FIG. 6 is a perspective view of a chip carrier having staggered contacts; and
FIG. 7 shows the chemical formula of a polymer for use in forming the chip carrier.
Referring now to FIG. 1a, a chip carrier 1 is moulded with a central die mounting cavity 2. About the edge of the chip carrier a plurality of metallised contacts 4 are provided. Each of the contacts comprises a metallisation which extends from the carrier's upper surface, down the side wall, and onto the carrier's lower surface. A part 6 of the contact on the carrier's upper surface is coated with gold to form a pad suitable for wire bonding. The corresponding contact part 7 on the lower surface is coated with a metal such as tin or an alloy such as tin/lead suitable for forming a solderable contact pad.
In the die mounting cavity a die bonding pad 8 is formed by metallisation. A die 9 is shown bonded (for example, with an epoxy resin) to the die bonding pad. Electrical contact is made to the various parts of the die by bonding aluminium or gold wires 10 to the die 9 and to the wire bonding pads 6.
A chip carrier as described above can be fabricated by injection moulding techniques. Suitable plastics for use in moulding such a chip carrier include aromatic polymers such as polyether ether ketone (PEEK) and polyethersulphone (PES) sold under the name VICTREX by ICI; polysulphone sold under the name UDEL by Union Carbide; and polyetherimide sold under the name ULTEM by General Electric. The structure of these polymers is as follows:
Polyether ether ketone [--C6 H4 --CO--C6 H4 --O--C6 H4 --O--]n
Polyethersulphone [--C6 H4 --SO2 --C6 H4 --O--]n
UDEL Polysulphone [--C6 H4 --SO2 --C6 H4 --O--C6 H4 --C3 H6 --C6 H4 --O]n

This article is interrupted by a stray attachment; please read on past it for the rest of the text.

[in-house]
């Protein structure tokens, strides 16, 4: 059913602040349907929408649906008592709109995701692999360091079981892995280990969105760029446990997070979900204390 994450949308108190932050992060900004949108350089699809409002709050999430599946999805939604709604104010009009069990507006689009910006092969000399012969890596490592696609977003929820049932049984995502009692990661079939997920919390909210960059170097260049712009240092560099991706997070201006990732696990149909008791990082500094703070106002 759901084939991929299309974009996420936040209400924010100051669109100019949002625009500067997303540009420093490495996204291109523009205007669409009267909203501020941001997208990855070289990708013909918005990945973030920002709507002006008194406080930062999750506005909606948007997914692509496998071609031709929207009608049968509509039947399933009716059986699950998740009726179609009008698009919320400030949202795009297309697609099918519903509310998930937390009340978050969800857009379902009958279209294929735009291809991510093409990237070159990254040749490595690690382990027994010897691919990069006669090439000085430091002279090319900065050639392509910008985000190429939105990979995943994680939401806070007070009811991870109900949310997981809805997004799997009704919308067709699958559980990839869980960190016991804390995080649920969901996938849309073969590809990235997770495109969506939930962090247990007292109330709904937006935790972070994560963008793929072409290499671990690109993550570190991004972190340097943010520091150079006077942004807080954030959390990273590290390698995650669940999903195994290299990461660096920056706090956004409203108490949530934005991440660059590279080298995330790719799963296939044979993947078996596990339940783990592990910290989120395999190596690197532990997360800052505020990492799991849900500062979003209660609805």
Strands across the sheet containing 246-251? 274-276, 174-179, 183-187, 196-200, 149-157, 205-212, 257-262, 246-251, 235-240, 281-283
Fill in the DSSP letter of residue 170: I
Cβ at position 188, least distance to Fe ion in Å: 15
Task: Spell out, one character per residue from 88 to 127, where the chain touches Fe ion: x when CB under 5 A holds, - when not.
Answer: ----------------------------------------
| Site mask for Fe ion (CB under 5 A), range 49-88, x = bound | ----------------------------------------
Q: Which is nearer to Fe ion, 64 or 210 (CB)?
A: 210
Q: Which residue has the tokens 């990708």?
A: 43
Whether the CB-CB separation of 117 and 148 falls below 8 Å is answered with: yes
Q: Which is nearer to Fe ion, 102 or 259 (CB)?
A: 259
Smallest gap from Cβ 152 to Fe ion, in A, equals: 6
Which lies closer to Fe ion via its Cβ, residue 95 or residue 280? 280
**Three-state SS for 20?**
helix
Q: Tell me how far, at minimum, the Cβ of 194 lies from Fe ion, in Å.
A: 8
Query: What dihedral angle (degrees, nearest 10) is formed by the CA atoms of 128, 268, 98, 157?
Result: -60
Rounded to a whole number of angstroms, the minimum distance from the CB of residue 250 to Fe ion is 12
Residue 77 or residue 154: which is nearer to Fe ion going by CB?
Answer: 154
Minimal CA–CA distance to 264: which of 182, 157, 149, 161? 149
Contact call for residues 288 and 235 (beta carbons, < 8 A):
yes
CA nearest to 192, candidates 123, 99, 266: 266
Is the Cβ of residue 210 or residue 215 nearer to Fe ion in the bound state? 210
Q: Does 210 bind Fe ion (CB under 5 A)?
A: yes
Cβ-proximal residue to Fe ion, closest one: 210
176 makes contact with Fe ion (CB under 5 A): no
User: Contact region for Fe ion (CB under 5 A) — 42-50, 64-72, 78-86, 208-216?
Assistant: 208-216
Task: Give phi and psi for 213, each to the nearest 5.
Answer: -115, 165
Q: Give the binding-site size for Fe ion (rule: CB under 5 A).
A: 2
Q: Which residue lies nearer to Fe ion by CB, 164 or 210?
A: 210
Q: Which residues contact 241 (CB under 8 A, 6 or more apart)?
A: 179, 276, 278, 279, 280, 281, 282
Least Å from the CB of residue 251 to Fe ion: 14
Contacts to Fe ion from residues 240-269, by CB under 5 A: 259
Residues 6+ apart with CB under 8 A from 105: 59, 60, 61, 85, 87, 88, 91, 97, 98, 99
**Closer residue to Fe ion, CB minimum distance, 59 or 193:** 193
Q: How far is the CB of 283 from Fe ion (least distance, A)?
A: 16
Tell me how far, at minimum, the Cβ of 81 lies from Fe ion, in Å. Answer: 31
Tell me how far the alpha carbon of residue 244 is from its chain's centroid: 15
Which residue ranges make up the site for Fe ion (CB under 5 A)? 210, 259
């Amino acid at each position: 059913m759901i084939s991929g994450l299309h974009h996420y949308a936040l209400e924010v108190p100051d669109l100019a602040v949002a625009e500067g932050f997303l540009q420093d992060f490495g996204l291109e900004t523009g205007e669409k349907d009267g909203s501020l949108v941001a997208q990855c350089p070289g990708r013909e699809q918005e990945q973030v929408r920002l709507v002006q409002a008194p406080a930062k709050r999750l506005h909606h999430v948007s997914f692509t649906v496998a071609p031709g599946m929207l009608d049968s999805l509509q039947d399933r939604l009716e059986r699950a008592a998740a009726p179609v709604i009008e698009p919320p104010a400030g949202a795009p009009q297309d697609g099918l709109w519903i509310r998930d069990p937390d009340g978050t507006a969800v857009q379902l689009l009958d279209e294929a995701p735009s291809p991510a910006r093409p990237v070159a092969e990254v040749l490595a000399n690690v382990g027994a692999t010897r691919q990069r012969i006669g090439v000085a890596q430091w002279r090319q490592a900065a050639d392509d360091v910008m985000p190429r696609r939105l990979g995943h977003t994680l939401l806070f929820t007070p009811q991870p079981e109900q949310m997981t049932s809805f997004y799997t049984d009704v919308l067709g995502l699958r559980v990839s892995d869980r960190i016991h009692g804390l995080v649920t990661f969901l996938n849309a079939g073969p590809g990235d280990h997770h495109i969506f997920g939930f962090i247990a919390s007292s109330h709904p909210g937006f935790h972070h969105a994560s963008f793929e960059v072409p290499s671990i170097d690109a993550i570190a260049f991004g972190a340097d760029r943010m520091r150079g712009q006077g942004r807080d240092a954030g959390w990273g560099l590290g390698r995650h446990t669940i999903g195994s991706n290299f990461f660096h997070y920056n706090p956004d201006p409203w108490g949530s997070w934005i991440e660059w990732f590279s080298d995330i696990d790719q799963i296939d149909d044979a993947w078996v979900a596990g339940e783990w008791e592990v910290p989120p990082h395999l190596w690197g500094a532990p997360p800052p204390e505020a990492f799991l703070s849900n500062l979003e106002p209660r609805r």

Polyetherimide--see FIG. 7.
The principal factors which have to be taken into consideration when choosing a polymer for use in moulding chip carriers according to the present invention are:
(1) ability to withstand subsequent processing conditions, notably temperatures encountered during soldering--generally at least 215° C. in vapour phase tanks. This requires a glass transition temperature (Tg) of about 230° C. or more--although lower soldering temperature and/or shorter transit times may allow the use of polymers having lower glass transition temperatures.
(2) The polymer should be free of undesirable outgassing so that circuit reliability is not jeopardised.
(3) The polymer should be mouldable, preferably by injection moulding.
(4) The polymer should preferably be weldable (ultrasonically or otherwise) so that it is not necessary to use glues or adhesives (which can give rise to contamination problems in service).
(5) The polymer should accept metallisation, and preferably should be compatible with fully additive processing.
(6) The polymer should preferably accept pigments as some circuits are light activated and require opaque carriers.
(7) The polymer should preferably have a coefficient of expansion comparable to that of the circuit board material with which the carriers are to be used--typically this would be about 17 to 23×10-6 ° C.-1.